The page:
Time is such a funny thing. We all experience it differently depending on what’s going on in our lives, and yet, a day or week or year are all the exact same for us all.
Time flies when you’re having fun, but when you’re in the middle of a 60 second plank, it’s the longest 60 seconds of your life.
You find out you’re having a baby and time can’t slow down enough for you to get everything prepared. The weeks become months, and then before you it, it’s baby time!
At least, that’s how it should happen.
“Your baby is coming today; right now.”
It’s an exciting phrase to hear when you’re close to (or passed) the 40 week mark.
It’s terrifying when you’re not even into your third trimester and the doctor is gearing up for an emergency c-section.
It’s not time.
It’s too soon.
My baby needs more time.
It’s way too early.
It can’t be time!
I can’t speak from experience because I haven’t had a baby at term, but I imagine that even mothers to full term babies get scared when it’s time for their babies to be born. The difference is, no matter how long labor is (or feels like it is), the fear is replaced with elation, joy, bliss, peace once that baby is in their arms.
When a preemie mom gives birth, that fear, dread, terror, pain doesn’t go away.
Is he okay?
Will he survive?
Is he breathing?
Where are you taking him?
I can’t hold him?
Can I just touch him?
I was able to touch my son’s hand through a little hole in his travel incubator, before he was transferred to a different hospital, better equipped it ha NICU to take care of him. Many other parents can’t even do that.
I waited one week exactly before I could hold my son and do kangaroo care. Many other parents have to wait even longer.
After being in the NICU for so long, I noticed time sort of blending together. I knew the hours had passed, because it was hands on time again or my timer went off reminding me to pump, but the world around me seemed to stop within the hospital walls.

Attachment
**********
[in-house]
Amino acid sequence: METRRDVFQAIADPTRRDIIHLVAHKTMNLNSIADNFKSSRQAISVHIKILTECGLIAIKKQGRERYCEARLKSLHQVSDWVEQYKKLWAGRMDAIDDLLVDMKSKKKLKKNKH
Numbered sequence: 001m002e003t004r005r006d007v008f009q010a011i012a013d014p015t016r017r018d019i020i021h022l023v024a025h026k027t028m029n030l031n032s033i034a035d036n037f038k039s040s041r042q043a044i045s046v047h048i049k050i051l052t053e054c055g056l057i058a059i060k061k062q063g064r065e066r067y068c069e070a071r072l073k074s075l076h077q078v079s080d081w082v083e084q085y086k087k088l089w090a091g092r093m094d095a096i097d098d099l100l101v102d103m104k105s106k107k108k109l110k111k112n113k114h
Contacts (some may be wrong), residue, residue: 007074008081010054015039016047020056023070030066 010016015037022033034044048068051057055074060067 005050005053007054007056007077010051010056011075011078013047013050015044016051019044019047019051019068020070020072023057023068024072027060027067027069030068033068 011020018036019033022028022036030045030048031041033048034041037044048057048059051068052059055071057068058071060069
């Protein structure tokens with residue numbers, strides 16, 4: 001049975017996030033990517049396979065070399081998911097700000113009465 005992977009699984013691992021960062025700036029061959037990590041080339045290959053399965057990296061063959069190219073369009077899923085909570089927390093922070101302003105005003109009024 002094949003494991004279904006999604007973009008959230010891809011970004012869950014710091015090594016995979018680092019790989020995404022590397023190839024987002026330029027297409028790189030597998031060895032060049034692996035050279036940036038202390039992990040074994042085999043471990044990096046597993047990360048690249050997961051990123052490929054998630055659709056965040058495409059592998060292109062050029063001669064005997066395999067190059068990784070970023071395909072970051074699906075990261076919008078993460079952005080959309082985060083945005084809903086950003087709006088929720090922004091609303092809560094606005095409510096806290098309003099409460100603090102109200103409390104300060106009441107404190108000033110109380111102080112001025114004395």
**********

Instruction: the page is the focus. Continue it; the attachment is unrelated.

The date on his board kept changing and moving forward, but I felt frozen in time.
Our pod-mates kept getting discharged and new ones admitted, but I felt stagnant, stationary, stuck, frozen.
In comparison, we had a fairly short NICU stay. We were discharged after 52 days, and the months of April and May in 2018 are completely lost to me.
Time stood still for me during those 52 days, and yet the world continued on around me. My friends kept going on with their lives and kept posting pictures of their families and pets and activities, because time hadn’t stopped for them like it had for me.
It’s an odd sensation, feeling stuck in place while everyone else moves on with their lives. Time lost its meaning for me, and I was only living for that minute, that moment, that second. Other people were making plans for their future and I could hardly process what was happening in my present.
In the NICU, time stands still. It’s like a little time warp that holds you prisoner and ages you while the rest of the world carries on as normal.
Then, finally discharge day is upon you and you think that surely time will begin moving normally again.
“Oh wow, he wasn’t in for very long considering he was so early!”
True, our son came home before his due date, and yes he did very well in the NICU other than his PICC line leak, but those 52 days felt like 52 years to me.
The problem is, while you were stuck in place, everyone else kept moving, kept advancing, kept living. Now you’re caught in a game of chase, and time just won’t slow down. The world keeps on spinning and you’re left scrambling to get a grip, let alone catching up with everyone else.
It may feel like you’ll never catch up with everyone again, but you will.
It may feel like you’ve been left behind and forgotten, but you will start to feel normal again.
All you need is…wait for it…